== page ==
Jim, I didn’t mean to downplay the seriousness of dust. My concern was your spending more than was necessary to remove the bad guys from the atmosphere.

So in a perfect world, there would be three things at work: Your dust collector, picking up stuff at the site of its creation; an air cleaner, filtering the ambient air in the shop; and your PPAD.

Or more than three?

Kindly,

Lee

-- "...in his brain, which is as dry as the remainder biscuit after a voyage, he hath strange places cramm'd with observation, the which he vents in mangled forms." --Shakespeare, "As You Like It"

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Lee Barker

2170 posts in 2316 days


#13 posted 02-10-2011 07:42 PM

Excellent point, 8iowa, and I appreciate your supporting my notion about overkill.

However, this sentence confuses me:

“A common mis-conception, that most people can’t get past, is that increasing the diameter of the pipes worsens the situation.”

Did you mean the misconception is that increasing the diameter of the pipes improves the situation?

Kindly,

Lee

-- "...in his brain, which is as dry as the remainder biscuit after a voyage, he hath strange places cramm'd with observation, the which he vents in mangled forms." --Shakespeare, "As You Like It"

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StumpyNubs

6856 posts in 2266 days


#14 posted 02-10-2011 07:44 PM

8iowa- I wish that were all true, but the studies done by Bill Pentz (who sells nothing) and others say otherwise. You can get enough suction through small pipes to move table saw dust. But I used to have a 2 1/2” system with blast gates and it did very little good on machines that create heavier dust like the Joiter and Planer. Even the router table would plug it up if the chips were big enough. You need larger pipes to get enough volume of airflow to move both the chips AND the fine dust.

That’s not my opinion, it’s been studied by professionals who don’t sell dust collection equipment and they’re smarter than me.

-- Subscribe to "Stumpy Nubs Woodworking Journal"- One of the crafts' most unique publications: http://www.stumpynubs.com/

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dbhost

5607 posts in 2698 days


#15 posted 02-10-2011 07:49 PM

Not sure where you got your #s for building your own cyclone. A Thien baffle equipped separator will cost you a little bit of scrap, wood, and PVC, or metal duct, and a recycled trash can or drum. I actually bought my drum, but there are lots of guys that get theirs for free… So let’s say you have 4” duct and hose right now. If it were me I would…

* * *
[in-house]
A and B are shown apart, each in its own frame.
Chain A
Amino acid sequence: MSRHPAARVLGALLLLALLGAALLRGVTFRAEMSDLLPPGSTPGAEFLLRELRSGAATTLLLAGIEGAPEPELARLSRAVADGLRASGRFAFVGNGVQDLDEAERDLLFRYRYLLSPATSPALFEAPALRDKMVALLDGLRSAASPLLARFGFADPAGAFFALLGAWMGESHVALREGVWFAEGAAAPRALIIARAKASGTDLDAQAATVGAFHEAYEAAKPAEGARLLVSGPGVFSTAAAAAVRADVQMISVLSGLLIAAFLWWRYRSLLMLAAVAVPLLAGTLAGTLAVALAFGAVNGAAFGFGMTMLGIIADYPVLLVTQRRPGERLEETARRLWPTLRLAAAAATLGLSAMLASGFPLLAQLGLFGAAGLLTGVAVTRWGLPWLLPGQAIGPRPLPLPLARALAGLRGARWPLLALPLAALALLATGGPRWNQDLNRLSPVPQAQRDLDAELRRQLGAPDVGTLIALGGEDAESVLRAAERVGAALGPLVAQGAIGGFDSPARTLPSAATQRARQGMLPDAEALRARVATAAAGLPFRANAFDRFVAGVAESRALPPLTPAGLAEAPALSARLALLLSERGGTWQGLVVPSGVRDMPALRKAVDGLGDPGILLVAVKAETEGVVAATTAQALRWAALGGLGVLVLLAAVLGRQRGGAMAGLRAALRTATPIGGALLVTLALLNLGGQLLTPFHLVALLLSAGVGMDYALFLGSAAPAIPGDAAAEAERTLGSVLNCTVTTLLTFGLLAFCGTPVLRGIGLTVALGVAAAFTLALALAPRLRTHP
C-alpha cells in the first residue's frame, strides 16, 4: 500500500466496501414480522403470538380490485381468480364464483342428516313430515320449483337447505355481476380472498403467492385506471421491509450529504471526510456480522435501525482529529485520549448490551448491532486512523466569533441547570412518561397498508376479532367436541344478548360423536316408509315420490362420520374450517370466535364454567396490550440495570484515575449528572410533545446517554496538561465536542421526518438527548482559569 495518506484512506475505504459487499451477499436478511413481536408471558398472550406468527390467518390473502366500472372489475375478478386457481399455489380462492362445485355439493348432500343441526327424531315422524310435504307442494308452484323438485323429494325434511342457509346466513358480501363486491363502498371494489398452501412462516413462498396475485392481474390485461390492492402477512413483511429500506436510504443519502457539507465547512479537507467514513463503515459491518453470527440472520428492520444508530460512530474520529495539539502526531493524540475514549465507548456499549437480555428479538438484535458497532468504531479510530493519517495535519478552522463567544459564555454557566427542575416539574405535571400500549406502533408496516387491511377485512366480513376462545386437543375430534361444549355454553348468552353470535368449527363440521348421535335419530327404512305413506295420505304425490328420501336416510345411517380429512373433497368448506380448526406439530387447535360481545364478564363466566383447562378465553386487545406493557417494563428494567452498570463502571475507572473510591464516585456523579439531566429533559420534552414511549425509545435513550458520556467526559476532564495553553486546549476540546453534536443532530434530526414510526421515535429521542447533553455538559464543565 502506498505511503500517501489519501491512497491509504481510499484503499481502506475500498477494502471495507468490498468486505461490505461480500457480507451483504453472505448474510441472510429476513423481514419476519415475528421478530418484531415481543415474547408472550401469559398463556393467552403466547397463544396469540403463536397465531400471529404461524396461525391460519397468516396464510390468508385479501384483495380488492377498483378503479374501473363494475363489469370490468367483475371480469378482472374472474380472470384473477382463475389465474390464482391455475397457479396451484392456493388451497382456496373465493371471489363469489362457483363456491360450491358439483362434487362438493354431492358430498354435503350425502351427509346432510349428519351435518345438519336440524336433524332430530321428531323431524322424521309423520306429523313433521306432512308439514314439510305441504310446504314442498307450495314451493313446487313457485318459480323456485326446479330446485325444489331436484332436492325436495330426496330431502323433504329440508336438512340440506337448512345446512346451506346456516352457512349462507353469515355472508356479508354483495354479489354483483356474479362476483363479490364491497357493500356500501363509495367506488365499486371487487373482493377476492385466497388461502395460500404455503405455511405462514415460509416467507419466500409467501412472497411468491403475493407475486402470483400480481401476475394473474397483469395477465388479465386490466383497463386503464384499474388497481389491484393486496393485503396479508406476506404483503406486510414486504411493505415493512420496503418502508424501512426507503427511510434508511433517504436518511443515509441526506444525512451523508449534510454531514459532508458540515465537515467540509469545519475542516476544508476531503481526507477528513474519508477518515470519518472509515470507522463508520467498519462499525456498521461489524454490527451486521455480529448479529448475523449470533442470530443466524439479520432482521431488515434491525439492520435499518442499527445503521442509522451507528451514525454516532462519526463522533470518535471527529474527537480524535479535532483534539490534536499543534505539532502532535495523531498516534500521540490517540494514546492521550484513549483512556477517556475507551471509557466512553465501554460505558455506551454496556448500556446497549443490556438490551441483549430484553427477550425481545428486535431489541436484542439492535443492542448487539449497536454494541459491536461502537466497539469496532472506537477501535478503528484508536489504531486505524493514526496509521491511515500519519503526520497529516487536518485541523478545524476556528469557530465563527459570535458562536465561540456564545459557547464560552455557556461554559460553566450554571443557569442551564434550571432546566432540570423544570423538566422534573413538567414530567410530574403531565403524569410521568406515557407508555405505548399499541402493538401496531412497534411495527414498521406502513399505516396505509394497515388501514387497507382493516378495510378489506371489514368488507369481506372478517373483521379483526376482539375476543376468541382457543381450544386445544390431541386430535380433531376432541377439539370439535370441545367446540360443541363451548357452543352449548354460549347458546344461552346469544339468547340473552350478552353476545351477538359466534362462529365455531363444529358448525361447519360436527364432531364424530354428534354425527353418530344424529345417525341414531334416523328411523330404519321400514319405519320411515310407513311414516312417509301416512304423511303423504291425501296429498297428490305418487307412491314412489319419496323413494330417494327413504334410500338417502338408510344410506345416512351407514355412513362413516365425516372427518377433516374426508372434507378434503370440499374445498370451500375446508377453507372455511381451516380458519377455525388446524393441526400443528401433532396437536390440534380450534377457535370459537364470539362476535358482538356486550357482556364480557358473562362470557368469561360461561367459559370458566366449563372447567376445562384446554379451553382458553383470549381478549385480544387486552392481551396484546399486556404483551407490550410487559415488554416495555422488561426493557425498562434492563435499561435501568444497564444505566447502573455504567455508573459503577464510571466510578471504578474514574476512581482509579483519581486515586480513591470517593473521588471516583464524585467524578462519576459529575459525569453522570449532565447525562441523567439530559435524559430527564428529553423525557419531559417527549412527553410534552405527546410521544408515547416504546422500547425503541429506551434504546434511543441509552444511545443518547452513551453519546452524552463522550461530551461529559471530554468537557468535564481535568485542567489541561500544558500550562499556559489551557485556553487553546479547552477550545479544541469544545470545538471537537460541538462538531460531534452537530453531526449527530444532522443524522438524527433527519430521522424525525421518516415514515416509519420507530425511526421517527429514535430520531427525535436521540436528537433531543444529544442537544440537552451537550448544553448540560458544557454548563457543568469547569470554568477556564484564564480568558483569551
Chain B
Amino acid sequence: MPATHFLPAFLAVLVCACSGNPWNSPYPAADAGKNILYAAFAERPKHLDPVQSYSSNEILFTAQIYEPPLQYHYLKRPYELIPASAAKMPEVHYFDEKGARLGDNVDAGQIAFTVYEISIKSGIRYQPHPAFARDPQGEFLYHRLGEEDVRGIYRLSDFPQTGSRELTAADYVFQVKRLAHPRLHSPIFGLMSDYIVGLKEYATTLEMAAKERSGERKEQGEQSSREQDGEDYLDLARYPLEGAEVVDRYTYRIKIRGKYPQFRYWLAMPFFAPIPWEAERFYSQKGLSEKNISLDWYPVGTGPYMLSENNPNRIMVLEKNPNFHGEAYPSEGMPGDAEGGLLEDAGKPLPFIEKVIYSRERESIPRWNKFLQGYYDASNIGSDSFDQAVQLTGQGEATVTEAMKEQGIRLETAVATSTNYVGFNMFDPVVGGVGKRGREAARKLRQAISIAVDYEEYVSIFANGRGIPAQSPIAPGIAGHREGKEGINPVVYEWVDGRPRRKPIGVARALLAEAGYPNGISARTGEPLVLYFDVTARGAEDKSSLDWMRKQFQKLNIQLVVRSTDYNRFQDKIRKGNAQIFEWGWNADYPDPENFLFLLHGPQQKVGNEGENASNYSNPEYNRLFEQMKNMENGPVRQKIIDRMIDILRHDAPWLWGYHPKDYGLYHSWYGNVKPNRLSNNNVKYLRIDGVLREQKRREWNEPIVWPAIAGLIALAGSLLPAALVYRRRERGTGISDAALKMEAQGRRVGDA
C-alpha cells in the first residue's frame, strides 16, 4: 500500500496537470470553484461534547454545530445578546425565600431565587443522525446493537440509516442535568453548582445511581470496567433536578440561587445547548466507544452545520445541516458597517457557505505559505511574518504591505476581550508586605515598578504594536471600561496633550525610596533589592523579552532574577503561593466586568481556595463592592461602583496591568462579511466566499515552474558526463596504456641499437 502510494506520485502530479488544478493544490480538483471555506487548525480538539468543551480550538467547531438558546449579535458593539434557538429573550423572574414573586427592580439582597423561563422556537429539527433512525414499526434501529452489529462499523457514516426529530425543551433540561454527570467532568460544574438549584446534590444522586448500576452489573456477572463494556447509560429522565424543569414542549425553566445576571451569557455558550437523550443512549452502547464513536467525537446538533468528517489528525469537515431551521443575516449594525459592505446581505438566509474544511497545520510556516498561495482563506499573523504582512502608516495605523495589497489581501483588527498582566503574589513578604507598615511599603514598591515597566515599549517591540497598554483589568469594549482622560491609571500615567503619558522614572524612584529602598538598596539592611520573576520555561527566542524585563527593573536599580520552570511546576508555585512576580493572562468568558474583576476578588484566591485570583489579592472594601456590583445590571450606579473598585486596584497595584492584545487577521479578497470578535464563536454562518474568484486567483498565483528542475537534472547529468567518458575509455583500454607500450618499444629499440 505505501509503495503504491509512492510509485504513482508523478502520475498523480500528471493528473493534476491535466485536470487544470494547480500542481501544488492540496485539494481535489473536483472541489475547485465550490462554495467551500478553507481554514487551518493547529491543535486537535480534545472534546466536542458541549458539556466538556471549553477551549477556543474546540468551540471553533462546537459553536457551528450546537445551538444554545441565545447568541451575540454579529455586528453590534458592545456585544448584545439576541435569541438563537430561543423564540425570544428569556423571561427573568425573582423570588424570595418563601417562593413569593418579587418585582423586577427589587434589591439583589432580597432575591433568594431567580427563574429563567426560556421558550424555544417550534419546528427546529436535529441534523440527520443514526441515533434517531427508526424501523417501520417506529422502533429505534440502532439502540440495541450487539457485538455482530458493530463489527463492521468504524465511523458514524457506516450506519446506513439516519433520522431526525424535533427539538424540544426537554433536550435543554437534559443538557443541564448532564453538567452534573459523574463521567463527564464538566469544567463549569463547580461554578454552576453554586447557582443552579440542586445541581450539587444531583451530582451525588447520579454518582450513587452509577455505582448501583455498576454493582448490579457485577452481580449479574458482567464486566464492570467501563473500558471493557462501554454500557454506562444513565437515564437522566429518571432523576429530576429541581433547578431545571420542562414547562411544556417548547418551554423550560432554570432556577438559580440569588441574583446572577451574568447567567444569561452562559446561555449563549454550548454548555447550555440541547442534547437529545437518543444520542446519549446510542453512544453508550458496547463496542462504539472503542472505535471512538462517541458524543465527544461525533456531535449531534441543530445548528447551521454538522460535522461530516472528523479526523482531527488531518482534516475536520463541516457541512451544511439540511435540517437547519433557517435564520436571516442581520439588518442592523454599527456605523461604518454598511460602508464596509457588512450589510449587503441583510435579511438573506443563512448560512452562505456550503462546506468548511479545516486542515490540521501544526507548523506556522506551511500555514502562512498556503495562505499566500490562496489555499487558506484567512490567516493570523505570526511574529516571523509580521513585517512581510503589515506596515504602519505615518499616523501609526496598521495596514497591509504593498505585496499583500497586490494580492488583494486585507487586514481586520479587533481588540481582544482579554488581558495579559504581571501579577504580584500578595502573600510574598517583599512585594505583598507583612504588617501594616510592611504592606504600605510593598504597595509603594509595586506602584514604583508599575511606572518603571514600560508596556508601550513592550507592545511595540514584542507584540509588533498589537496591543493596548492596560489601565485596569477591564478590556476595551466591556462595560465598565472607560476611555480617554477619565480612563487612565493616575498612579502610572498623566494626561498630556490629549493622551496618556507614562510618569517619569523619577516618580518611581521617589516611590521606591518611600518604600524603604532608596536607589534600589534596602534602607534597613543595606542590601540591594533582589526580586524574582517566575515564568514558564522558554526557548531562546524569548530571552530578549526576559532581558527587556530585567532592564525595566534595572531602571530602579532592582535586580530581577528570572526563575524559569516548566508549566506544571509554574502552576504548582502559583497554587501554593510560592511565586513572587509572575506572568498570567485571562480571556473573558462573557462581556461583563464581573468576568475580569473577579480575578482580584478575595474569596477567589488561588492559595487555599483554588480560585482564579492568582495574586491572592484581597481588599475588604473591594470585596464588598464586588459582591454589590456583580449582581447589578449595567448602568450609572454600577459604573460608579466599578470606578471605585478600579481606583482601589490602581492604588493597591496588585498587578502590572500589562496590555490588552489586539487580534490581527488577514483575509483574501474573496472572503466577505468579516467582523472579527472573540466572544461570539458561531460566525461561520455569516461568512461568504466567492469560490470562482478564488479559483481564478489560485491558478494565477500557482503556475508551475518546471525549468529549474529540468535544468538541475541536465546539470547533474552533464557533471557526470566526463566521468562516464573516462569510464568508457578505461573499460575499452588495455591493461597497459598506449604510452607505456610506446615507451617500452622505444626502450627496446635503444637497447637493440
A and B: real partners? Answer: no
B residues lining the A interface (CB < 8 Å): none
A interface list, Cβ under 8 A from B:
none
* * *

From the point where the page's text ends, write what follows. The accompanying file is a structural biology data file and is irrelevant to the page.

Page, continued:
#1. Build a Thien cyclone separator using a free vessel of whatever you can find, metal trash can, metal, plastic, or fiberboard drum, and some scrap ply, or whatever sheet goods you have in the shop. I used tempered hardboard. Get some 5” metal HVAC duct from the Borg, I assume you have some caulk laying around from home repair projects? Total cost should be about $7.00 for the piece of metal duct… #2. Order a 10’ joint of 5” flex from Grizzly. $25.00 delivered. #3. Split your 5” into 2 4” lines AFTER the separator so that BOTH lines have to go through the cyclone separator. #4. Upgrade your filter in the DC to at the very least a 1 micron bag. $30.00 from Highland Woodworking (+ S&H). A Wynn cartridge flows better, but this will work… #5. Run a 4” line with blast gates to each machine top, and bottom where applicable. Blast gates can get expensive, but there are LOTS of guys here that make them from scrap.

This is of course assuming you have the scrap, and were already set up with 4” S&D piping and 4” flex hose… You have a grand total of what $62.00 additional?

Ambient air filters can be as simple as a spare box fan drug out of the attic (I have 3 up there now) and a Filtrete Ultra Allergen 20×20x1 filter duct taped to the intake side. I did this for a LONG time, it works well, just slow is all… You do have duct tape don’t you? The top level Filtrete filters around here go for around $18.00

-- My workshop blog can be found at http://daves-workshop.blogspot.com